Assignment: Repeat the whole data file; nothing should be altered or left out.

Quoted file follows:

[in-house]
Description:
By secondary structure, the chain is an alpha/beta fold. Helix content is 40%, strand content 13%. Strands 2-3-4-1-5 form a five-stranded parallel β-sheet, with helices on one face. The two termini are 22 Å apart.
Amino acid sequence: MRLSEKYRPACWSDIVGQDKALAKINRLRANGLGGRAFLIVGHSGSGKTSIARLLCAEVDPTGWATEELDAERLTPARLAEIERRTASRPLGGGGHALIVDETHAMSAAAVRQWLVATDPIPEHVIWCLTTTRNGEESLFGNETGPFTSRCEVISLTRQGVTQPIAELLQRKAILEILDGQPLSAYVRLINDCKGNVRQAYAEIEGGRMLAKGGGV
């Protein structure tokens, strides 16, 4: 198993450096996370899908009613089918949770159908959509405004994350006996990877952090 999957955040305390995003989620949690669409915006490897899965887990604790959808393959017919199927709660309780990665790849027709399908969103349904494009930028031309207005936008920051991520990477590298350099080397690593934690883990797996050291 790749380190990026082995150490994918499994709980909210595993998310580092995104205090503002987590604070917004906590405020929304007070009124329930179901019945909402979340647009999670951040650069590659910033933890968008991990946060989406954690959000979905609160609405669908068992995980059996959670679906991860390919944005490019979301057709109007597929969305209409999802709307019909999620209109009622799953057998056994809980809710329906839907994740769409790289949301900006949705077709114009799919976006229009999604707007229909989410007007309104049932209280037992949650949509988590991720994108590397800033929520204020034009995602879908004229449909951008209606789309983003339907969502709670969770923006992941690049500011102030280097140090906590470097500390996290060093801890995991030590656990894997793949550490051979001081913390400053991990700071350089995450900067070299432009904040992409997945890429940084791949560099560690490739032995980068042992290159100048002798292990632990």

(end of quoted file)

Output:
[in-house]
Description:
By secondary structure, the chain is an alpha/beta fold. Helix content is 40%, strand content 13%. Strands 2-3-4-1-5 form a five-stranded parallel β-sheet, with helices on one face. The two termini are 22 Å apart.
Amino acid sequence: MRLSEKYRPACWSDIVGQDKALAKINRLRANGLGGRAFLIVGHSGSGKTSIARLLCAEVDPTGWATEELDAERLTPARLAEIERRTASRPLGGGGHALIVDETHAMSAAAVRQWLVATDPIPEHVIWCLTTTRNGEESLFGNETGPFTSRCEVISLTRQGVTQPIAELLQRKAILEILDGQPLSAYVRLINDCKGNVRQAYAEIEGGRMLAKGGGV
């Protein structure tokens, strides 16, 4: 198993450096996370899908009613089918949770159908959509405004994350006996990877952090 999957955040305390995003989620949690669409915006490897899965887990604790959808393959017919199927709660309780990665790849027709399908969103349904494009930028031309207005936008920051991520990477590298350099080397690593934690883990797996050291 790749380190990026082995150490994918499994709980909210595993998310580092995104205090503002987590604070917004906590405020929304007070009124329930179901019945909402979340647009999670951040650069590659910033933890968008991990946060989406954690959000979905609160609405669908068992995980059996959670679906991860390919944005490019979301057709109007597929969305209409999802709307019909999620209109009622799953057998056994809980809710329906839907994740769409790289949301900006949705077709114009799919976006229009999604707007229909989410007007309104049932209280037992949650949509988590991720994108590397800033929520204020034009995602879908004229449909951008209606789309983003339907969502709670969770923006992941690049500011102030280097140090906590470097500390996290060093801890995991030590656990894997793949550490051979001081913390400053991990700071350089995450900067070299432009904040992409997945890429940084791949560099560690490739032995980068042992290159100048002798292990632990």